How does it feel to be immortal? My answer might surprise you…

Ed Park, MD #TheatricalThursdays, dr ed park, slice of life 5 Comments

For today, I am posting pictures for a bona fide #ThrowbackThursday (#TBT),  a meme that has become popular on social media for posting of old pictures.  The paradoxical thing is my older pictures make me look older than my more recent ones, where I’m actually older.

Because I have been taking adaptogenic nutriceuticals, I honestly now believe I am not getting older and have actually gotten physically younger.  (pause for spit takes

(Well, I will post my DNA evidence and functional biomarker evidence in subsequent posts for you non-believers.)

I am sharing these DMV photos from age 40, 45, and 47.  I currently host precisely four grey hairs on my body and they reside on my lower face. I was asked by a friend last night if I wouldn’t be sad knowing that my loved ones were going to pass away while I didn’t get any older?  I said no because if they were wise, they would eventually join the negligible senescence bandwagon and stick around.


2007 ehp


2012 ehp


2014 ehp

I am actually quite bemused by my own feelings about not getting older.  I assumed it would feel like the opposite of existential crisis, but it does not.

Heretofore, I always considered the human condition as being defined by the scarcity of time and the preciousness of years. I assumed that most people who age must experience existential crises from time to time, but this may not be true.


EXISTENTIALISM is not so much predicated on scarcity as it is the empiric, practical self-assignation of meaning as versus the theoretical or conjectural process of making meaning. And I believe that most aging people are quite happy with the metaphysical and epistemological foundations of their lives.

And the antonyms for CRISIS seem to fail what I am experiencing: blessing, breakthrough, calm, good fortune, peace, success, certainty.

That’s mostly because feelings can’t be fractally scaled-out like an accordion to experience the accelerated loss of loved ones or ennui with my fourth century of watching reruns of sports, TV premises, movies and wars.

I am aware that accidental death and dismemberment are always lurking because I have no reason to think that they wouldn’t. But unlike the premise of the “Highlander” movie franchise, thankfully, there can be more than one immortal and we don’t have to wield broadswords.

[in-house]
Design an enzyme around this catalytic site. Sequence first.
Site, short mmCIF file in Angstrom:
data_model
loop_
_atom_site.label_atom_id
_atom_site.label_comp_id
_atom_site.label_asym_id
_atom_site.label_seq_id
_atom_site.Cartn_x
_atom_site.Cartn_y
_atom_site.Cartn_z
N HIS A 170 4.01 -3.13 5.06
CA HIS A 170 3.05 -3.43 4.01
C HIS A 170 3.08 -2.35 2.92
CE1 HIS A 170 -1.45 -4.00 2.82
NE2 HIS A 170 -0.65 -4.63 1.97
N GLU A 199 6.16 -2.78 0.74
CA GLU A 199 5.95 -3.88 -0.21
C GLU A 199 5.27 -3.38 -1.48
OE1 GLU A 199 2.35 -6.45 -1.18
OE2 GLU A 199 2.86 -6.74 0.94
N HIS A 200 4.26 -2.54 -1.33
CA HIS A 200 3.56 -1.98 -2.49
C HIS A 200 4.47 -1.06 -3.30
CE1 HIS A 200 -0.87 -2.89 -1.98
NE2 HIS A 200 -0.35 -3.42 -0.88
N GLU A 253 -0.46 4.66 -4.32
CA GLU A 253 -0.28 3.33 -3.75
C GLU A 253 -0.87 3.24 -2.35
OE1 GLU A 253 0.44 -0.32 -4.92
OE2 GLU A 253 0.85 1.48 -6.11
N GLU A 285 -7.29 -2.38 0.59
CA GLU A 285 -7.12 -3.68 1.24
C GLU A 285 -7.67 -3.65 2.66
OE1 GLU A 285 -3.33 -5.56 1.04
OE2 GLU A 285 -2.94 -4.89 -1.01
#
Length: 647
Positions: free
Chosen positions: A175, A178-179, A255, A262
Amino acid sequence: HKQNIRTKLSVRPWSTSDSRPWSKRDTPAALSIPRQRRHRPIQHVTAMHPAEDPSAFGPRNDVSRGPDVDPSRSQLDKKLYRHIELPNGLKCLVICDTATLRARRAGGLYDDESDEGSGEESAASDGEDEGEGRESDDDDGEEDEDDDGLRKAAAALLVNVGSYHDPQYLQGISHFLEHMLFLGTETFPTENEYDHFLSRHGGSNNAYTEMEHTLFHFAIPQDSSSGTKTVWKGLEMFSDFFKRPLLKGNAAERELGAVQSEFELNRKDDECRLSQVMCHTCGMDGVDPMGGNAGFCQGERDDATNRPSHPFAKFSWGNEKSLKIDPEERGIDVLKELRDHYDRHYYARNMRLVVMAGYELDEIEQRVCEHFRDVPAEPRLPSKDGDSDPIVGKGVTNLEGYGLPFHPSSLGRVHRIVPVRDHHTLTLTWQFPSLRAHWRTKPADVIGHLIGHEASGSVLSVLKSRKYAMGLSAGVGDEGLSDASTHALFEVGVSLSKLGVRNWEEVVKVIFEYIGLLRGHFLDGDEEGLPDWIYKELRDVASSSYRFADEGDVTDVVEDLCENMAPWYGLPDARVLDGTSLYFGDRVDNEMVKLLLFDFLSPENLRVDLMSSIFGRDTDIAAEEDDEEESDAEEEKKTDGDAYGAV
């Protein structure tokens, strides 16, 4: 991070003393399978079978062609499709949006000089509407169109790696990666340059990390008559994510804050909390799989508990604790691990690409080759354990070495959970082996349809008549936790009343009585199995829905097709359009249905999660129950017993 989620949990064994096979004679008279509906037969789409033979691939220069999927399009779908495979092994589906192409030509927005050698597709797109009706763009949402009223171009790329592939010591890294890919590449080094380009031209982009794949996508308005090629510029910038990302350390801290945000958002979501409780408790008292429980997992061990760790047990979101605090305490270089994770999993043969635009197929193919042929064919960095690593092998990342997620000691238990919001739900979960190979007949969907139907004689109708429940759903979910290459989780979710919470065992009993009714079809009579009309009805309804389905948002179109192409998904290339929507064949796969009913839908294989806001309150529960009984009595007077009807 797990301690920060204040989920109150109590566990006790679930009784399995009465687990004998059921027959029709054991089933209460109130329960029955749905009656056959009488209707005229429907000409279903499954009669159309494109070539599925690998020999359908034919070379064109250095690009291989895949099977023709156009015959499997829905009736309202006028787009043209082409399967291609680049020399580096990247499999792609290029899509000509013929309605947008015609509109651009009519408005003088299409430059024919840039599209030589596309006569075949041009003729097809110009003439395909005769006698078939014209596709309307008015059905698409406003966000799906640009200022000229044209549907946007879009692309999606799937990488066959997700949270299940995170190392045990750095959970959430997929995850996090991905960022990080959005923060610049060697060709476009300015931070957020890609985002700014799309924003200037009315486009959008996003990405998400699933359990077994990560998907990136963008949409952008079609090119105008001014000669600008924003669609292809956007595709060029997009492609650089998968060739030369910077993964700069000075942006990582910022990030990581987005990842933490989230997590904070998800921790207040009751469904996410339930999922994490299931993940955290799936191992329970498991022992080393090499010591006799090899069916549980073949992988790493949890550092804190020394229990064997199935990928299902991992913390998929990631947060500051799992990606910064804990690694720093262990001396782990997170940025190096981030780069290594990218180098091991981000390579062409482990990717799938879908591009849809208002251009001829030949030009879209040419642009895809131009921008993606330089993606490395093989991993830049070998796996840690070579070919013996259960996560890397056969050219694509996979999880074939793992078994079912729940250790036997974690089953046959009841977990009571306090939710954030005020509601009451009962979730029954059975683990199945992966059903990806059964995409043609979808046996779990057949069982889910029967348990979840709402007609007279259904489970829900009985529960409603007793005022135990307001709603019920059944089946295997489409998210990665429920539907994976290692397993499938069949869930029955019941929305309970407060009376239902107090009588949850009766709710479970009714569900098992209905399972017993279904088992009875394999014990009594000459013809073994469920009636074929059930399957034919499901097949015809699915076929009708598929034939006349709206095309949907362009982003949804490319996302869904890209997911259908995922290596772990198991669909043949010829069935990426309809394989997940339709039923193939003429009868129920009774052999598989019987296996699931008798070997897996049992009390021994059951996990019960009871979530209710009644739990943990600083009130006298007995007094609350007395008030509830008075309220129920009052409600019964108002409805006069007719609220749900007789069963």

I guess I just feel … the same. Life has its own rhythm and it happens, as trite as it may sound, one day at a time. If we are healthy, sleep sends us home each night and with each new day we reboot the operating system and live out the programming.

“I die daily” 

Paul, 1 Corinthians 15:31

So what is my state of mind now that I’ve become this other kind of person?  This Übermensche or Homo sapiens eternalis?   Well, it’s really just the “same as it ever was.”  Same as it ever was?! …just like in this video by the genius, Asperger’s prophet and space man, David Byrne.  (I get chills at 1:20 when he does the thing with his arm because it reminds me of the shortening of telomeres and all that entails.)


Once in a Lifetime

In conclusion, the grass is green. Just like on your side of the fence. No better. No worse. But now, it’s like I’m playing chess in a Bergman movie without a clock and we’re competing for the “best  x out of 2x+1”.
“No offense but, you may have all the time in the world, but I have a job to do”

Time isn’t holding up
Time is an asterisk
Same as it ever was…
Same as it ever was…
Same as it ever was…
Same as it ever was…
Same as it ever was…
Same as it ever was…
Same as it ever was…
Yeah, the twister comes
Here comes the twister
Same as it ever was…
 (from “Once in a Lifetime” by The Talking Heads)
                       (digital photo created by Corey Cowan)

Comments 5